THE Transportation department said Thursday that tunneling work on the first phase of the Metro Manila subway project is expected to begin in the second quarter of 2021.
“It is safe to say second half of 2021,” Transportation Assistant Secretary Goddes Hope O. Libiran told BusinessWorld by phone when asked for an update.
She said the first tunnel boring machine is expected to arrive from Japan in January.
The department received early this year parts of the boring machine that will be used to build Metro Manila’s first subway line.
The second tunnel boring machine will arrive in February, “then third to sixth will come in the succeeding months,” Ms. Libiran added.
The department will virtually present to the media on Friday the 6.99-meter tunnel boring machine, which is currently in Tokyo.
The department is still reviewing the bid of the joint venture of Sumitomo Corp. and Japan Transport Engineering Co. for the rolling stock contract of the first phase of the subway project.
The contractor is to design, execute and complete 30 train sets consisting of eight electric multiple units or a total of 240 train cars, according to the department’s bid bulletin.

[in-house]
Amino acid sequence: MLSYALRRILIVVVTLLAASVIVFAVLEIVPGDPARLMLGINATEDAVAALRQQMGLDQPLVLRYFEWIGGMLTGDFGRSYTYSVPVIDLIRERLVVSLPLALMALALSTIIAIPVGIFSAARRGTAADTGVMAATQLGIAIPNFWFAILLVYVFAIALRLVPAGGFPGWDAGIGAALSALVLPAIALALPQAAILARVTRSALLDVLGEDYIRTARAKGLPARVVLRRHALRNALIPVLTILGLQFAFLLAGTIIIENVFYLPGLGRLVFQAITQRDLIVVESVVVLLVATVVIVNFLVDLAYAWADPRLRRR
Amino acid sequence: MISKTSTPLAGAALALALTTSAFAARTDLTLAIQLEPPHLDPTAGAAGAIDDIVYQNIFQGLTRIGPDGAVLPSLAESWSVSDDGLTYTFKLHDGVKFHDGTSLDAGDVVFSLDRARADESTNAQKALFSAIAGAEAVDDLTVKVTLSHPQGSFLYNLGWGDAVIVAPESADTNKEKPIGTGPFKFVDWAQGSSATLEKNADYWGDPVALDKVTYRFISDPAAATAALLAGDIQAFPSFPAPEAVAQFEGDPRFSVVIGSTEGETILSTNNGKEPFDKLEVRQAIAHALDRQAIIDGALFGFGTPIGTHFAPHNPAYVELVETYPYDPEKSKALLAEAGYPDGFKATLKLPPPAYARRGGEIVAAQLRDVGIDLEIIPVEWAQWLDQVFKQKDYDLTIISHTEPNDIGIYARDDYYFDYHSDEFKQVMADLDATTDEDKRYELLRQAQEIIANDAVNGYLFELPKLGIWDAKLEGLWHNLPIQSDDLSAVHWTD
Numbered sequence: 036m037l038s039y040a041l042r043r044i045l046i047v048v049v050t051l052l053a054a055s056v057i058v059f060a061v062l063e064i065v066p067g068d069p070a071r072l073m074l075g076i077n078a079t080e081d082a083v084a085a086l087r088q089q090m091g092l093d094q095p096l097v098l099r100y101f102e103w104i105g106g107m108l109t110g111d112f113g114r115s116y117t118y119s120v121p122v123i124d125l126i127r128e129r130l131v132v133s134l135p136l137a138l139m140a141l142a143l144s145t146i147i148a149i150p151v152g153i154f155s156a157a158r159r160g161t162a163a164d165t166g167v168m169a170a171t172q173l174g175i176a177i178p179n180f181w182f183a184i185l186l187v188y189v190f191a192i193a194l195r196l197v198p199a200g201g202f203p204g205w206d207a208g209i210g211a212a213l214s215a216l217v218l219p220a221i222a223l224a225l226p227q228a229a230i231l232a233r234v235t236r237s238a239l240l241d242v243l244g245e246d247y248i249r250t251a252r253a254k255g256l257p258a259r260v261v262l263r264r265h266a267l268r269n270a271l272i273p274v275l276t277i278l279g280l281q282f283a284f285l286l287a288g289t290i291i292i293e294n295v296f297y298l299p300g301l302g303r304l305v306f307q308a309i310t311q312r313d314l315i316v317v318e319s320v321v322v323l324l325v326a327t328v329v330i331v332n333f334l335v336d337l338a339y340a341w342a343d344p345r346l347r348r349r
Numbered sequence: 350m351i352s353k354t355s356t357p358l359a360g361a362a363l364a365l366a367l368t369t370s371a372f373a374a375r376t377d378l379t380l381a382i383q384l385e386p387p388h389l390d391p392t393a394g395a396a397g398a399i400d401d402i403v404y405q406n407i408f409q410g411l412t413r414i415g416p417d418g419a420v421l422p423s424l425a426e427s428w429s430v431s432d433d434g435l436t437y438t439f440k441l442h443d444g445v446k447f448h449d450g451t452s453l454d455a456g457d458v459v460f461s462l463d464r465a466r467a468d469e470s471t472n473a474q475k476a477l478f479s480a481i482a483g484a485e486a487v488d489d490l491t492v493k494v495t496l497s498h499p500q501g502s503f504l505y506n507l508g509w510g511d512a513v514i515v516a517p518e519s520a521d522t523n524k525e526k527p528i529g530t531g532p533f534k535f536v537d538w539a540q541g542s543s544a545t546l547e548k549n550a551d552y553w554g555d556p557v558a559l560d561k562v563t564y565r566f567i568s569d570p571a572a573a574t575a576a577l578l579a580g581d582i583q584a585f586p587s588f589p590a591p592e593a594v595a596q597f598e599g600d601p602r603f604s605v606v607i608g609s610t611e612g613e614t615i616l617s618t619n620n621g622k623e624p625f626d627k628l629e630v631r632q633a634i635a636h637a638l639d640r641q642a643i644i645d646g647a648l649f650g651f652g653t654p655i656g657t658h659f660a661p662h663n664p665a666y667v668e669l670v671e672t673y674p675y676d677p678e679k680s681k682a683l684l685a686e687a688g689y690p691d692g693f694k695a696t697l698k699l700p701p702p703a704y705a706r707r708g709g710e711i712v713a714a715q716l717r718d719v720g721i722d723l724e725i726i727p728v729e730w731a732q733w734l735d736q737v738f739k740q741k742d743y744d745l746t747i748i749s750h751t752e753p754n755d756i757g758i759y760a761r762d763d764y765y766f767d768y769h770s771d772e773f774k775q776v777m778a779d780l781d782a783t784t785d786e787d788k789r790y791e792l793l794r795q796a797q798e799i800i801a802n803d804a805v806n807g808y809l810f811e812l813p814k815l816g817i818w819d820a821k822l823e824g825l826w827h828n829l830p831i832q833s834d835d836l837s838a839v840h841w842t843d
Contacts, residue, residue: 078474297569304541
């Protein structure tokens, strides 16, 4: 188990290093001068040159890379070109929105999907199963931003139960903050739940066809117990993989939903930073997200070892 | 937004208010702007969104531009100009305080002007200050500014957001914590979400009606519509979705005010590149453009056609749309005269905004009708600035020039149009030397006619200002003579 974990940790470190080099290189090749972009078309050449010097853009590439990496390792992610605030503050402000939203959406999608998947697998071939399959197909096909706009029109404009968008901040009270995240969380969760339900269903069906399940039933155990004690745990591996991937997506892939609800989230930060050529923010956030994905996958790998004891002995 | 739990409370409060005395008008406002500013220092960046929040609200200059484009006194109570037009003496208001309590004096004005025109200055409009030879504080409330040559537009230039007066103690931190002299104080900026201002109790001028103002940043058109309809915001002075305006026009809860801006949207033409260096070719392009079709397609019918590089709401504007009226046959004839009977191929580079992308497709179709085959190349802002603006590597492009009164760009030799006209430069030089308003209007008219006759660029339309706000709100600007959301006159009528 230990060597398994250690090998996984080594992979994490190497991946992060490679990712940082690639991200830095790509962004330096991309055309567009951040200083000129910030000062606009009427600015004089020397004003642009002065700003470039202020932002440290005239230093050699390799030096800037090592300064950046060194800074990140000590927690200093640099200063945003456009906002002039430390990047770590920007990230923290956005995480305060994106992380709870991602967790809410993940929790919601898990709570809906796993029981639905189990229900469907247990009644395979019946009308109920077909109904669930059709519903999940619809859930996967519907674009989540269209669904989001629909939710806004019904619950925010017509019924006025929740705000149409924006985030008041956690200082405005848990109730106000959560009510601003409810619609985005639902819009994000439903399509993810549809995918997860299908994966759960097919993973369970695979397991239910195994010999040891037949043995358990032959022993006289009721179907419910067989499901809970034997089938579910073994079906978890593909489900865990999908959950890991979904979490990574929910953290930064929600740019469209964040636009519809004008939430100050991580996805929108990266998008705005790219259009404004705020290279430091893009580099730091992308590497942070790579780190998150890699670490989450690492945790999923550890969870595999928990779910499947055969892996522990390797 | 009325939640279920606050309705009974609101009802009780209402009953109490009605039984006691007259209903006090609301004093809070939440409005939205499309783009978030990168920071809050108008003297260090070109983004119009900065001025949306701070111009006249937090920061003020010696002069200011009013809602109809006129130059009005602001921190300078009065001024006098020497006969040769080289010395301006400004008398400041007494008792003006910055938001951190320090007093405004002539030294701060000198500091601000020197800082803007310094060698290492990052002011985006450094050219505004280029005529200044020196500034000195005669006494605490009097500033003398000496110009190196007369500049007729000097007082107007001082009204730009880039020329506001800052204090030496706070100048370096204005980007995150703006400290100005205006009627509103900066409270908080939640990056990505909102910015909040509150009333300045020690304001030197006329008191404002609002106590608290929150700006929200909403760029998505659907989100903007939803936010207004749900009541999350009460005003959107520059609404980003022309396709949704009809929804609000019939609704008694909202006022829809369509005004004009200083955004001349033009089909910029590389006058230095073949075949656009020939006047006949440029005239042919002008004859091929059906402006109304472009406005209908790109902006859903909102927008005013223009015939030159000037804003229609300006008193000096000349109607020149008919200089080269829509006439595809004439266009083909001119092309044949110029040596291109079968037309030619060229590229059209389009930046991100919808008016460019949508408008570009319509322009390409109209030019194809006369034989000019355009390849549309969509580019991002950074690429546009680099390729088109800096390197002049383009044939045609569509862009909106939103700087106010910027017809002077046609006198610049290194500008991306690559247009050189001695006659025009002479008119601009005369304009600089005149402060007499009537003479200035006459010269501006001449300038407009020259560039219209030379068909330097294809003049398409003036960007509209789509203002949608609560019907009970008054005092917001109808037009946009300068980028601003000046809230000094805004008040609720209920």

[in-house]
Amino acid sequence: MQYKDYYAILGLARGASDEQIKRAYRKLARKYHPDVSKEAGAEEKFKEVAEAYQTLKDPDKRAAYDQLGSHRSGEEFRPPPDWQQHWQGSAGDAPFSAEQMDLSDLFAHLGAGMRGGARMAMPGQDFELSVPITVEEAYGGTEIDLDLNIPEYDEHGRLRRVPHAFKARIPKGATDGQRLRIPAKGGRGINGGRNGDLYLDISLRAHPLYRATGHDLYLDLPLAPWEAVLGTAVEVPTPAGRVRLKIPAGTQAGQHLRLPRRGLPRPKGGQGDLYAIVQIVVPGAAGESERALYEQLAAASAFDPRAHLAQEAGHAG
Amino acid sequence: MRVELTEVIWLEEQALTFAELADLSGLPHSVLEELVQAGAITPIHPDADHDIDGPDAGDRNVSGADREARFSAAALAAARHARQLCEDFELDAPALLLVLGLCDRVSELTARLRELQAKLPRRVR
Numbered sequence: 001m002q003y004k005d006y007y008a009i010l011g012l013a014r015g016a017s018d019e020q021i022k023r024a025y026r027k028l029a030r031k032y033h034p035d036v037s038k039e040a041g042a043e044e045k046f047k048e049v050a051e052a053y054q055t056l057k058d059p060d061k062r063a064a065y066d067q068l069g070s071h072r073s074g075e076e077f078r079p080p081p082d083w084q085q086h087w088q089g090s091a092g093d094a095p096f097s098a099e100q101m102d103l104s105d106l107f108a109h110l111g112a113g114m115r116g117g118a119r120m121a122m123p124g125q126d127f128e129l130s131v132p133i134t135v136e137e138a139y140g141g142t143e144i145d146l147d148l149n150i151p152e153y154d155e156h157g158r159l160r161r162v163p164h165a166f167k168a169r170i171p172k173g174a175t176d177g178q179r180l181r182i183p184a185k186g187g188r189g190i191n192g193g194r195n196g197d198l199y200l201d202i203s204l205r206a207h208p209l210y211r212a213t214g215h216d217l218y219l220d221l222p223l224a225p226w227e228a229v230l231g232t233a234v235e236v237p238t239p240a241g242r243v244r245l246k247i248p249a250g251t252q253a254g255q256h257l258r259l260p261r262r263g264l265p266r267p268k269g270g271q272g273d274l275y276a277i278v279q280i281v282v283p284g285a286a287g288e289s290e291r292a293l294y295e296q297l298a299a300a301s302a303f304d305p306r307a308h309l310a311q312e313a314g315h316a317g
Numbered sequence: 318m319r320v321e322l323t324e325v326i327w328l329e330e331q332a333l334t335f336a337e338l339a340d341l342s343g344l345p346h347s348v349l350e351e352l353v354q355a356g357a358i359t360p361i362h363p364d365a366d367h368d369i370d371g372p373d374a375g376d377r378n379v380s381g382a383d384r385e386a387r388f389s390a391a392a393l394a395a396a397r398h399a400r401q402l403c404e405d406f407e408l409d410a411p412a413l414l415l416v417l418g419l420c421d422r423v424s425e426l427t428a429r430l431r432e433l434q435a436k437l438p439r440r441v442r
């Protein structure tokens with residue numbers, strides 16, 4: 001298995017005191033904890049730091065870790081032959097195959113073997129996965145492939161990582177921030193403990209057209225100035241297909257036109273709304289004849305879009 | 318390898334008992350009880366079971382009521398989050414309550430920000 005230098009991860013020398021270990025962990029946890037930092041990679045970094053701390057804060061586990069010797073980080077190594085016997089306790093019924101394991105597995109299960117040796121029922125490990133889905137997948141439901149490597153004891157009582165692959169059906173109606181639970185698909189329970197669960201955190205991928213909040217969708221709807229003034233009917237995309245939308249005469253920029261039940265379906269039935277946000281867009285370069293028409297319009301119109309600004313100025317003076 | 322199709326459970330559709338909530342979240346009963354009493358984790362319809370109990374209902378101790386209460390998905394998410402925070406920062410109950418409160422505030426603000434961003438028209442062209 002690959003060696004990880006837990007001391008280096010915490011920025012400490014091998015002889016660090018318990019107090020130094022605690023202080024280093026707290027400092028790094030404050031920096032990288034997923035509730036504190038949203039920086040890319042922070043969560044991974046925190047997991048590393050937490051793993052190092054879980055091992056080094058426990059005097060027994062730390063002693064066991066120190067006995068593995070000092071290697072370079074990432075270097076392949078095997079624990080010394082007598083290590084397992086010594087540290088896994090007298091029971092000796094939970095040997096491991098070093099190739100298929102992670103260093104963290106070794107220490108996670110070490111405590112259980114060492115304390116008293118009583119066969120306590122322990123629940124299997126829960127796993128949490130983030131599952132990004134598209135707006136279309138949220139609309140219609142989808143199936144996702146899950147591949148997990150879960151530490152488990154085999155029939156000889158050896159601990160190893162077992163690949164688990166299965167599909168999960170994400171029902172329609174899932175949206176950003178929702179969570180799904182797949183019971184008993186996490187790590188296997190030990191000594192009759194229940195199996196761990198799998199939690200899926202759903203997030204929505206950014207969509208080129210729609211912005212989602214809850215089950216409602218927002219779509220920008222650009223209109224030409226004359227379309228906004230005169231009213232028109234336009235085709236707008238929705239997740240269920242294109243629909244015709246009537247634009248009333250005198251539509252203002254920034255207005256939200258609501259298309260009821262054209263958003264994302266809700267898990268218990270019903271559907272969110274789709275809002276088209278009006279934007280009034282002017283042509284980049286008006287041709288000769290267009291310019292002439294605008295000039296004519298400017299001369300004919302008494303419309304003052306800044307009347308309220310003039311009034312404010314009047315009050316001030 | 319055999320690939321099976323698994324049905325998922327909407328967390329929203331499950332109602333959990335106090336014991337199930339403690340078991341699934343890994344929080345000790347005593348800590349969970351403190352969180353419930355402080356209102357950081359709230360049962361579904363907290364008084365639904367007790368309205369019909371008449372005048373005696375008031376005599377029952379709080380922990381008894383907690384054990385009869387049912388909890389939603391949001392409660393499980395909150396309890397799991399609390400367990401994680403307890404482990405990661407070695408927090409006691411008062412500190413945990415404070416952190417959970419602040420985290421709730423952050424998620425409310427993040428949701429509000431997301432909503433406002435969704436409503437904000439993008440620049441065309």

The department invited Japanese firms in December to bid to supply train sets, as well as electrical and mechanical (E&M) systems and rail track works for the first phase of the subway, a flagship project funded by Japan official development assistance.
The deadline for submission of bids for E&M and track works was initially set on March 24, with a bid security of 800 million yen. This was postponed to Sept. 30, according to a bid bulletin.
The Metro Manila Subway will have 17 stations: East Valenzuela, Quirino Highway, Tandang Sora, North Avenue, Quezon Avenue, East Avenue, Anonas, Katipunan, Ortigas, Shaw, Kalayaan Avenue, Bonifacio Global City, Lawton, Senate, FTI, NAIA Terminal 3, and Bicutan.
The first phase covers the first three underground stations, tunnels and depot construction, depot equipment and buildings.
The government broke ground on the first three stations in February 2019 after the Transportation department signed a P51-billion deal with the Shimizu joint venture, which consists of Shimizu Corp., Fujita Corp., Takenaka Civil Engineering Co. Ltd., and EEI Corp.
The Philippines and Japan signed in March 2018 the first tranche of the P355.6-billion loan for the project.
While the public will have to wait until 2025 for full operations of the 17-station subway, the government is planning to launch partial operations, covering the first three stations by 2022. — Arjay L. Balinbin